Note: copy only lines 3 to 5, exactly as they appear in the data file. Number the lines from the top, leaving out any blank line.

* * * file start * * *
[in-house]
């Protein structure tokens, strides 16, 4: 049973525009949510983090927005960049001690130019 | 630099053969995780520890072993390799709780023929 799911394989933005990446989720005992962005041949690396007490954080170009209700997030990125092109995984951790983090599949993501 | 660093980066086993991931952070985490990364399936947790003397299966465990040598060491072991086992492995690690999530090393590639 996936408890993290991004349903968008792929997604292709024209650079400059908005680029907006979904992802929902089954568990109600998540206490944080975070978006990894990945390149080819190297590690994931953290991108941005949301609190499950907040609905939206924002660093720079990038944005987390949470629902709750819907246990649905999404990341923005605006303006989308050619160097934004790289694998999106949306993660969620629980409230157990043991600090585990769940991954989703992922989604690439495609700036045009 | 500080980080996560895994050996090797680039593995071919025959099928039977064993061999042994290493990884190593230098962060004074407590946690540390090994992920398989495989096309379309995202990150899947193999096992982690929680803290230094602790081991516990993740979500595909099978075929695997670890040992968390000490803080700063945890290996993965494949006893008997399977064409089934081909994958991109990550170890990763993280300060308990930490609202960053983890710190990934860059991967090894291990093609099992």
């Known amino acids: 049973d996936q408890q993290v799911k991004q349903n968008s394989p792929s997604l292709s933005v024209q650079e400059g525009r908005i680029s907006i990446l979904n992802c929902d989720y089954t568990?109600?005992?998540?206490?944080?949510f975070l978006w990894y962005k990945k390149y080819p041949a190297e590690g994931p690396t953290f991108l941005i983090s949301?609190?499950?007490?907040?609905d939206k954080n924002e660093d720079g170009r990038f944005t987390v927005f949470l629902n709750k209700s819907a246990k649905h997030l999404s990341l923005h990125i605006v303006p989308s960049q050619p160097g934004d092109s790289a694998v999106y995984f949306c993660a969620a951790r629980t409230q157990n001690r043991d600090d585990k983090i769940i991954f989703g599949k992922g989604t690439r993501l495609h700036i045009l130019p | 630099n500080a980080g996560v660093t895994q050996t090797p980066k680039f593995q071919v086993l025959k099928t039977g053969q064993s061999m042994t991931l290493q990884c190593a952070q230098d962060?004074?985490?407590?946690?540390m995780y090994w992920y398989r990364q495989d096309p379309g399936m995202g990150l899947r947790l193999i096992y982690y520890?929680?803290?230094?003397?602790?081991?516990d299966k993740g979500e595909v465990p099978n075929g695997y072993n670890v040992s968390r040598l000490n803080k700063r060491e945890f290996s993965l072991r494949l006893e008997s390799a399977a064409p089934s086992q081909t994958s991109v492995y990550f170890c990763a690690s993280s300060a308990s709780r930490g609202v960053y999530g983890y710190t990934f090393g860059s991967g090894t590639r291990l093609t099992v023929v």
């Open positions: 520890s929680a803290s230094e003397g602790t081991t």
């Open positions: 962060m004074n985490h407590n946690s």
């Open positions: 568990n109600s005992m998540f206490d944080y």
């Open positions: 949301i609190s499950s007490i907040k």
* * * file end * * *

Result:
């Known amino acids: 049973d996936q408890q993290v799911k991004q349903n968008s394989p792929s997604l292709s933005v024209q650079e400059g525009r908005i680029s907006i990446l979904n992802c929902d989720y089954t568990?109600?005992?998540?206490?944080?949510f975070l978006w990894y962005k990945k390149y080819p041949a190297e590690g994931p690396t953290f991108l941005i983090s949301?609190?499950?007490?907040?609905d939206k954080n924002e660093d720079g170009r990038f944005t987390v927005f949470l629902n709750k209700s819907a246990k649905h997030l999404s990341l923005h990125i605006v303006p989308s960049q050619p160097g934004d092109s790289a694998v999106y995984f949306c993660a969620a951790r629980t409230q157990n001690r043991d600090d585990k983090i769940i991954f989703g599949k992922g989604t690439r993501l495609h700036i045009l130019p | 630099n500080a980080g996560v660093t895994q050996t090797p980066k680039f593995q071919v086993l025959k099928t039977g053969q064993s061999m042994t991931l290493q990884c190593a952070q230098d962060?004074?985490?407590?946690?540390m995780y090994w992920y398989r990364q495989d096309p379309g399936m995202g990150l899947r947790l193999i096992y982690y520890?929680?803290?230094?003397?602790?081991?516990d299966k993740g979500e595909v465990p099978n075929g695997y072993n670890v040992s968390r040598l000490n803080k700063r060491e945890f290996s993965l072991r494949l006893e008997s390799a399977a064409p089934s086992q081909t994958s991109v492995y990550f170890c990763a690690s993280s300060a308990s709780r930490g609202v960053y999530g983890y710190t990934f090393g860059s991967g090894t590639r291990l093609t099992v023929v």
């Open positions: 520890s929680a803290s230094e003397g602790t081991t």
């Open positions: 962060m004074n985490h407590n946690s």